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Parish v. State

Florida Court of Appeals, Second District

June 8, 2018

JAMES RAY PARISH, Appellant,
v.
STATE OF FLORIDA, Appellee.

         NOT FINAL UNTIL TIME EXPIRES TO FILE REHEARING MOTION AND, IF FILED, DETERMINED

          Appeal pursuant to Fla. R. App. P. 9.141(b)(2) from the Circuit Court for Pasco County; Susan G. Barthle, Judge.

          James Ray Parish, pro se.

          Pamela Jo Bondi, Attorney General, Tallahassee, and Jeffrey H. Siegal, Assistant Attorney General, Tampa, for Appellee.

          PER CURIAM.

         James Ray Parish challenges the summary denial of his motion to correct sentence filed June 17, 2017. Parish was charged and convicted of first-degree burglary and involuntary sexual battery in 1979. He was sentenced in February 1980 to life in prison on the burglary conviction and to a consecutive fifteen years in prison on the involuntary sexual battery conviction. Parish's judgment and sentences were affirmed on appeal. Parish v. State, 404 So.2d 875 (Fla. 2d DCA 1981) (table decision).

         In his motion, filed pursuant to Florida Rule of Criminal Procedure 3.800(a), Parish argued that his fifteen-year consecutive sentence for involuntary sexual battery is illegal because under the law at the time he committed the offenses he could not have been sentenced for both first-degree burglary and involuntary sexual battery where the sexual battery conviction was the predicate offense for the burglary conviction. See Speed v. State, 410 So.2d 980, 981 (Fla. 2d DCA 1982) (relying on State v. Hegstrom, 401 So.2d 1343 (Fla. 1981)). The postconviction court interpreted Parish's claim as one challenging the involuntary sexual battery conviction, determined that such a claim could only be raised in a motion pursuant to rule 3.850, and denied the claim as untimely filed under that rule.

         "[R]ule 3.800(a) is limited to claims that a sentence itself is illegal, without regard to the underlying conviction." Coughlin v. State, 932 So.2d 1224, 1226 (Fla. 2d DCA 2006) (en banc). Thus, where, unlike the facts of Coughlin, correcting an alleged illegal sentence would not require the vacation of the corresponding conviction, and the error is otherwise identifiable on the face of the record, Williams v. State, 957 So.2d 600, 602 (Fla. 2007), the claim is cognizable in a rule 3.800(a) motion. See also Jackson v. State, 650 So.2d 1026, 1027 (Fla. 1st DCA 1995) (reversing dismissal of motion to correct sentence where postconviction court did not address claim that Hegstrom applied, thus making Jackson's sentence for armed robbery illegal).

         At the time Parish was charged, the law was that "a court [could] not sentence on lesser included offenses arising out of the same criminal transaction or episode as the higher offense" where the lesser offense was alleged in the charging language of the higher offense. Ennis v. State, 364 So.2d 497, 500 (Fla. 2d DCA 1978) (citing § 775.021(4), Fla. Stat. (1977)) (discussing category four lesser included offenses under Brown v. State, 206 So.2d 377 (Fla. 1968)). In 1979, to convict a defendant of first-degree burglary, the State was required to "plead and prove not only the essential elements of burglary as defined in section 810.02(1), [Florida Statutes (1979), ] but also that, in the course of committing the burglary, the defendant either made an assault upon a person" or was armed with a dangerous weapon or explosives. Speed, 410 So.2d at 981. Therefore, unless alleged as an assault, a sexual battery would not allow for reclassification of a burglary charge as was done in Parish's case.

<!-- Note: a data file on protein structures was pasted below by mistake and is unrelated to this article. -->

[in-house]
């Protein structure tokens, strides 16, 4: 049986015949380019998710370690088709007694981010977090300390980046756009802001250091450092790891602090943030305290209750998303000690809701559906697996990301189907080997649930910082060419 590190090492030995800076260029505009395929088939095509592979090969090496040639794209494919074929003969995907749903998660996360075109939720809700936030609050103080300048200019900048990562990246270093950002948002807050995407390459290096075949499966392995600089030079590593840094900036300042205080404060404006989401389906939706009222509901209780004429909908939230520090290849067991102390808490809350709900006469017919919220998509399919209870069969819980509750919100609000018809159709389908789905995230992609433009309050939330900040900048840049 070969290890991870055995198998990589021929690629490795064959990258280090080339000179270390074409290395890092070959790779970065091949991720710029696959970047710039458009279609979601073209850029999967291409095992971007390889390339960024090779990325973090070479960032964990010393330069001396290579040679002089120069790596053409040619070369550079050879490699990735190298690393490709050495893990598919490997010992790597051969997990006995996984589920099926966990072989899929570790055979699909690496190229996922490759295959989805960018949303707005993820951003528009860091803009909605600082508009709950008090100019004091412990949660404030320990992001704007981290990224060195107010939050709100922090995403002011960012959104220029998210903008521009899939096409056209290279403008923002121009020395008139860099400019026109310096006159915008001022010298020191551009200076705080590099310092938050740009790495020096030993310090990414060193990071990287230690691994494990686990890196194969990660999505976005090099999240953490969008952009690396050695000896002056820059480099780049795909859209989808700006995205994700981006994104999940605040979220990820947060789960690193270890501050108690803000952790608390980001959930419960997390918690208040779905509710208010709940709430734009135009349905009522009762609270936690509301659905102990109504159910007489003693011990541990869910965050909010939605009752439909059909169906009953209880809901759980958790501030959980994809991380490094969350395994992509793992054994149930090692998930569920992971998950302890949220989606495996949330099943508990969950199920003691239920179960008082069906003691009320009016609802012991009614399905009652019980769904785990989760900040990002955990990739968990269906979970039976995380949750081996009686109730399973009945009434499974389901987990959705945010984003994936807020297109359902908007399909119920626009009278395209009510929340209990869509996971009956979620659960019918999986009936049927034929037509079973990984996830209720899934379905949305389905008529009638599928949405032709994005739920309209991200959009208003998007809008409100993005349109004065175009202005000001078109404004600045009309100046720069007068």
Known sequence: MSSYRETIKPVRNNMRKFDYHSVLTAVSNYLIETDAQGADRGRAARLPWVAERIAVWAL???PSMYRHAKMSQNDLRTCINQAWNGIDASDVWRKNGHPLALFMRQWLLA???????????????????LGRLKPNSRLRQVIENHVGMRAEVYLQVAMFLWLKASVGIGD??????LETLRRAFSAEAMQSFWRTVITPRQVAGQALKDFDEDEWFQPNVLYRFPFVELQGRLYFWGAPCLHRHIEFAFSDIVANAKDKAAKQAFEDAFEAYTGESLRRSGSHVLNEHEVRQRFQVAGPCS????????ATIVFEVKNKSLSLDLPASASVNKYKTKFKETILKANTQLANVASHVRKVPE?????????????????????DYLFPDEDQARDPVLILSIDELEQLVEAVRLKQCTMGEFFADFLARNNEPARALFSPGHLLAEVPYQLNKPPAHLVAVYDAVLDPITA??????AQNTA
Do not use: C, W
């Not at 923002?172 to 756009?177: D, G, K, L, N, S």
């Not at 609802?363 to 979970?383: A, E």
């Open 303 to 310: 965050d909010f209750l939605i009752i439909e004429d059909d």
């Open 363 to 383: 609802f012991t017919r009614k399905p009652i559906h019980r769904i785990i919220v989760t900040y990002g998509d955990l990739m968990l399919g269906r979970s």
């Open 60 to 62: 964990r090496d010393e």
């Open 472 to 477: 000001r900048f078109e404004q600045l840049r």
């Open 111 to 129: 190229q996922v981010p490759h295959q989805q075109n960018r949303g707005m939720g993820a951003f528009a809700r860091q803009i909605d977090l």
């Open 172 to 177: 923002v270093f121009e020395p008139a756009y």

During the pendency of Parish's appeal, the Florida Supreme Court decided Hegstrom, in which the court "determine[d] what punishment our legislature authorized for a single criminal transaction involving two or more separate, statutory offenses." 401 So.2d at 1346. The Hegstrom court determined that where proof of the greater offense "requires, by definition, proof of the predicate [offense], the latter is necessarily an offense included within the former" such that a defendant may be convicted of both offenses but not sentenced on the predicate offense. Id. (citing § 775.021(4), Fla. Stat. (1979)). Hegstrom was subsequently overruled by State v. Enmund, 476 So.2d 165, 168 (Fla. 1985). However, the sentencing law in effect at the time of the crimes must be applied. Lamore v. State, 86 So.3d 546, 548 (Fla. 2d DCA 2012); cf. Wheeler v. State, 344 So.2d 244, 245 (Fla. 1977) ("The decisional law in effect at the time an appeal is decided governs the issues raised on appeal, even where there has been a change of law since the time of trial."). Thus, at the time this court decided Parish's appeal, there was no bar to his conviction for involuntary sexual battery; however, based on the law in effect when he committed the crimes, his sentence for involuntary sexual battery may have been barred. And if barred, the claim of illegal sentence is independent from Parish's conviction such that it should be considered by the postconviction court. See Speed, 410 So.2d at 981 (recognizing the holding of Hegstrom and concluding that Speed could not "be sentenced both for first-degree felony burglary and sexual battery, but [could] be convicted and adjudicated guilty of both"). But see White v. State, 412 So.2d 28 (Fla. 2d DCA 1982) (affirming sentences for first-degree felony burglary and sexual battery without reference to Speed).

         Because the postconviction court did not address Parish's claim that his sentence is illegal without regard to the underlying conviction, we reverse and remand.

         Reversed and remanded.

          VILLANTI, BLACK, and ...


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